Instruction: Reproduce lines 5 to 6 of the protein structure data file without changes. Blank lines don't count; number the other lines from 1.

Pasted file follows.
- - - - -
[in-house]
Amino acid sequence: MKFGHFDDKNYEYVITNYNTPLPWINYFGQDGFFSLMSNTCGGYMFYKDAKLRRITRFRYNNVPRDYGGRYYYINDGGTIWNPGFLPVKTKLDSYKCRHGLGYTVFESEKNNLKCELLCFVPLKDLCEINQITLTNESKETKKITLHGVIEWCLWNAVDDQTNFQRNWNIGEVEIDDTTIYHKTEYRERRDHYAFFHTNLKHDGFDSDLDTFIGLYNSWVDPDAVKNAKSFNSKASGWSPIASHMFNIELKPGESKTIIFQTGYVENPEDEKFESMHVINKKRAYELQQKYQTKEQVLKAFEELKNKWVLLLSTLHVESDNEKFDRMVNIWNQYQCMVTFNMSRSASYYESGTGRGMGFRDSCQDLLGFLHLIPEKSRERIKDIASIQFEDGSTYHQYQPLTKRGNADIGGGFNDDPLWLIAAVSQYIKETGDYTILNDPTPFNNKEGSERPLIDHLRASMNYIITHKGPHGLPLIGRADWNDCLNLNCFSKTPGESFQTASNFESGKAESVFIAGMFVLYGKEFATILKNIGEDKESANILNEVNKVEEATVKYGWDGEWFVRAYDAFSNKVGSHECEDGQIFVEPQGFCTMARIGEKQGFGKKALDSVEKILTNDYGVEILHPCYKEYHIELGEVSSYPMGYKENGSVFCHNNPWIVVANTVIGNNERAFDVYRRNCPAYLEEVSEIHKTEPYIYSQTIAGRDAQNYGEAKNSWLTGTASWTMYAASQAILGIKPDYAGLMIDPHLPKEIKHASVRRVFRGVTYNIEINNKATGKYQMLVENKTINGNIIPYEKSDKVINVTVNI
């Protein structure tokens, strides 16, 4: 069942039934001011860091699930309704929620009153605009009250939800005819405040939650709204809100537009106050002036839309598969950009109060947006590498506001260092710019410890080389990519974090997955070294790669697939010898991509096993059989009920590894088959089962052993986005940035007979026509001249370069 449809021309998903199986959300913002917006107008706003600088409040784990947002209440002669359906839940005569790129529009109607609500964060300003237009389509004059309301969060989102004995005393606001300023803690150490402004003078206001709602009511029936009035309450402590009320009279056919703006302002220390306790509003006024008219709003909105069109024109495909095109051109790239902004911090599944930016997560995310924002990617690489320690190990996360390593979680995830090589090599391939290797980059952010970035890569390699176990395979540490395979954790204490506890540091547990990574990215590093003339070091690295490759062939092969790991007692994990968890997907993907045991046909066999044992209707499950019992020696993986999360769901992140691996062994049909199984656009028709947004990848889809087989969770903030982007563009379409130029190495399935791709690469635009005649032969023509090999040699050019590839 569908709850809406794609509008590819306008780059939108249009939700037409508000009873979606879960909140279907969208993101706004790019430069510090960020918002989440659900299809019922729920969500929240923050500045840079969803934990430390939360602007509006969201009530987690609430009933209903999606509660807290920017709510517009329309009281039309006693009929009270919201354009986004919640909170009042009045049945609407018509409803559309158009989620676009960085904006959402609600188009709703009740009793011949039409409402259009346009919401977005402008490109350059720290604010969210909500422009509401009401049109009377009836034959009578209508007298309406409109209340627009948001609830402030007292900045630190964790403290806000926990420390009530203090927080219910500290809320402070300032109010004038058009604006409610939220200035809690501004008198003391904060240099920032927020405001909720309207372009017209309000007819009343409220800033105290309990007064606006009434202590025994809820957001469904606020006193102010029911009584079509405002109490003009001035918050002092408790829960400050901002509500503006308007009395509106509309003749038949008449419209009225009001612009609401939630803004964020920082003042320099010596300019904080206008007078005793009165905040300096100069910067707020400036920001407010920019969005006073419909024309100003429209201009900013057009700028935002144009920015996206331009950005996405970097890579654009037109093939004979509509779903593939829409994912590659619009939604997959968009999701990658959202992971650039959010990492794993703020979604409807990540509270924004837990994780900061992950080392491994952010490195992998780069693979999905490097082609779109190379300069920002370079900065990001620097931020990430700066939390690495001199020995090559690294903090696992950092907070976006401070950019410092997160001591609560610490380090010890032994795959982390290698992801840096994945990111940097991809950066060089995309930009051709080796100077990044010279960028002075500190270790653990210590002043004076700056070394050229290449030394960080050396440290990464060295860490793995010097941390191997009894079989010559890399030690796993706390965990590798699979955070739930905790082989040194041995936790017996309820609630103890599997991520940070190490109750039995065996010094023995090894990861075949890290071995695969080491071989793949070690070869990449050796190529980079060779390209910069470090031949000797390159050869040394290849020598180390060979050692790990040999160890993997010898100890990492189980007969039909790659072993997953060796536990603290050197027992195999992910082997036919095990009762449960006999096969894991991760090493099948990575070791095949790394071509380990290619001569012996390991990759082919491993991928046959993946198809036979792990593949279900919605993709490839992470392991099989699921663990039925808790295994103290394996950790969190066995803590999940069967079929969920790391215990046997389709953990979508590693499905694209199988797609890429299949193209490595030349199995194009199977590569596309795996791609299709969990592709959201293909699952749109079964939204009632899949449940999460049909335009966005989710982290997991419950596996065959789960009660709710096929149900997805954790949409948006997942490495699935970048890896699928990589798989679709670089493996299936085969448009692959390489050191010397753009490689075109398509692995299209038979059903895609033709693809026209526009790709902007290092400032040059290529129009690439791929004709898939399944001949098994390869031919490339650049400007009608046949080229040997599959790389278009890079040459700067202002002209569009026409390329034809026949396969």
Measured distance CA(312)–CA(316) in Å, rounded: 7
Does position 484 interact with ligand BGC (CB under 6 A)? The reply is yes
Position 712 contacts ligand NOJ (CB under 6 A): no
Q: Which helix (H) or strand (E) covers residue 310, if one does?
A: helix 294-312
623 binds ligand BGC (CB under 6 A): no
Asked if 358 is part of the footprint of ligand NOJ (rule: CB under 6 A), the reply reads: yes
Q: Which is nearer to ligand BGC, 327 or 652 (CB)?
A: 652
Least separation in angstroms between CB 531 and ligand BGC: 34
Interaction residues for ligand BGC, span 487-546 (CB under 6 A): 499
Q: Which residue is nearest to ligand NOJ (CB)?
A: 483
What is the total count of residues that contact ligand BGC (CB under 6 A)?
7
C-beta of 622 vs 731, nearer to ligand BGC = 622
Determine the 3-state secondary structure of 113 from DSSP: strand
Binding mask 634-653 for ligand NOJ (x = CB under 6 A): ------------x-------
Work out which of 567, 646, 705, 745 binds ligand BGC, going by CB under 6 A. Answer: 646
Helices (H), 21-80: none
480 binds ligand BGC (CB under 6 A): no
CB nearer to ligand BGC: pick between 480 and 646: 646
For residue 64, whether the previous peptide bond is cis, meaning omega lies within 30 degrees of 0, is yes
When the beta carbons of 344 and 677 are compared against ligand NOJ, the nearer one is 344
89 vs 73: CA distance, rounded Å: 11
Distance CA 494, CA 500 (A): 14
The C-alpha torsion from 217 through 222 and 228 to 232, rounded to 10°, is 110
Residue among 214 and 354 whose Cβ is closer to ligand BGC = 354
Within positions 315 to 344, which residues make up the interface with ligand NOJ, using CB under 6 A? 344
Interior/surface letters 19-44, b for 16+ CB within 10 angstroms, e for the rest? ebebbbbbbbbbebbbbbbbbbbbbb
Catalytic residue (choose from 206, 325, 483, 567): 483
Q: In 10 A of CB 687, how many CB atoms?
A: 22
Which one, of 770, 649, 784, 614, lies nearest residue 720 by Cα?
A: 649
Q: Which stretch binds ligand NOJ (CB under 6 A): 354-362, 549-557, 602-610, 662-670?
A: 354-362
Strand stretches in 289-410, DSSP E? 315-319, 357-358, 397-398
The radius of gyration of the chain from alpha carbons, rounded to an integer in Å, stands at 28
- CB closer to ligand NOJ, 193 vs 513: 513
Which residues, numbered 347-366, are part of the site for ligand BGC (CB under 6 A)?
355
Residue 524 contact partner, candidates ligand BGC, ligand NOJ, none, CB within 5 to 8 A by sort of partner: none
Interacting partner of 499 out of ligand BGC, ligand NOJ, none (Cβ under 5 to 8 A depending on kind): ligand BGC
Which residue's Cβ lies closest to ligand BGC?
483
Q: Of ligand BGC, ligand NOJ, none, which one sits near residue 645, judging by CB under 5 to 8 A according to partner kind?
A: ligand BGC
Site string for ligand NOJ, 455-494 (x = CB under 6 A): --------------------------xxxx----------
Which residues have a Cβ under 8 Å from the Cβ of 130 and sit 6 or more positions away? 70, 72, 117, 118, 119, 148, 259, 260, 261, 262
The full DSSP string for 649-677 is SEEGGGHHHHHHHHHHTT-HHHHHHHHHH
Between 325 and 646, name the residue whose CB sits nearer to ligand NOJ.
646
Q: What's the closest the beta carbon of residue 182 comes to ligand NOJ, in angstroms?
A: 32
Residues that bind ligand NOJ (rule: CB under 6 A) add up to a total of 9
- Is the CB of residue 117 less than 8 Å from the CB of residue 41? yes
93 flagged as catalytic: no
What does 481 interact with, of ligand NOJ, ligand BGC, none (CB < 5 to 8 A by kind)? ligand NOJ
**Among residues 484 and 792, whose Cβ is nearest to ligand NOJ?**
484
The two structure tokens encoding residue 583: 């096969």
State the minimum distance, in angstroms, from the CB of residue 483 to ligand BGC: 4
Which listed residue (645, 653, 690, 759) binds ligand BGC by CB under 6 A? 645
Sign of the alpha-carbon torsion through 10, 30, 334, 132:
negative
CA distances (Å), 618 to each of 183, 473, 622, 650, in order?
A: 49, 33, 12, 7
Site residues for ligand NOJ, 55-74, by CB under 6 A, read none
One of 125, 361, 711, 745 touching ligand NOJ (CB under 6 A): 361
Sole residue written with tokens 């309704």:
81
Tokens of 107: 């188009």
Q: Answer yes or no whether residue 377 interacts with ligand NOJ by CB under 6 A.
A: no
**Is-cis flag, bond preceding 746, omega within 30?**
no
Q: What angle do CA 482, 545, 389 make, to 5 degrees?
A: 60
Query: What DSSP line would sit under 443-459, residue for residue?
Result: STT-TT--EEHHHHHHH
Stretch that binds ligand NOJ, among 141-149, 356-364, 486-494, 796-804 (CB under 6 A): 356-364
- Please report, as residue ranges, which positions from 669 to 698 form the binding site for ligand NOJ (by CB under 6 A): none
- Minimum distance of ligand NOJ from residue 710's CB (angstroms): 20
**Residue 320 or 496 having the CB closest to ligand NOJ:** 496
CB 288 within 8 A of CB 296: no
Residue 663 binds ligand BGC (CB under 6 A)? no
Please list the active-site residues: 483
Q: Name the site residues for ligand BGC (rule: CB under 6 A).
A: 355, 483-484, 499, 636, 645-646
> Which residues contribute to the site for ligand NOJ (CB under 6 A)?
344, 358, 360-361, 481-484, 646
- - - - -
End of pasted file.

Does position 484 interact with ligand BGC (CB under 6 A)? The reply is yes
Position 712 contacts ligand NOJ (CB under 6 A): no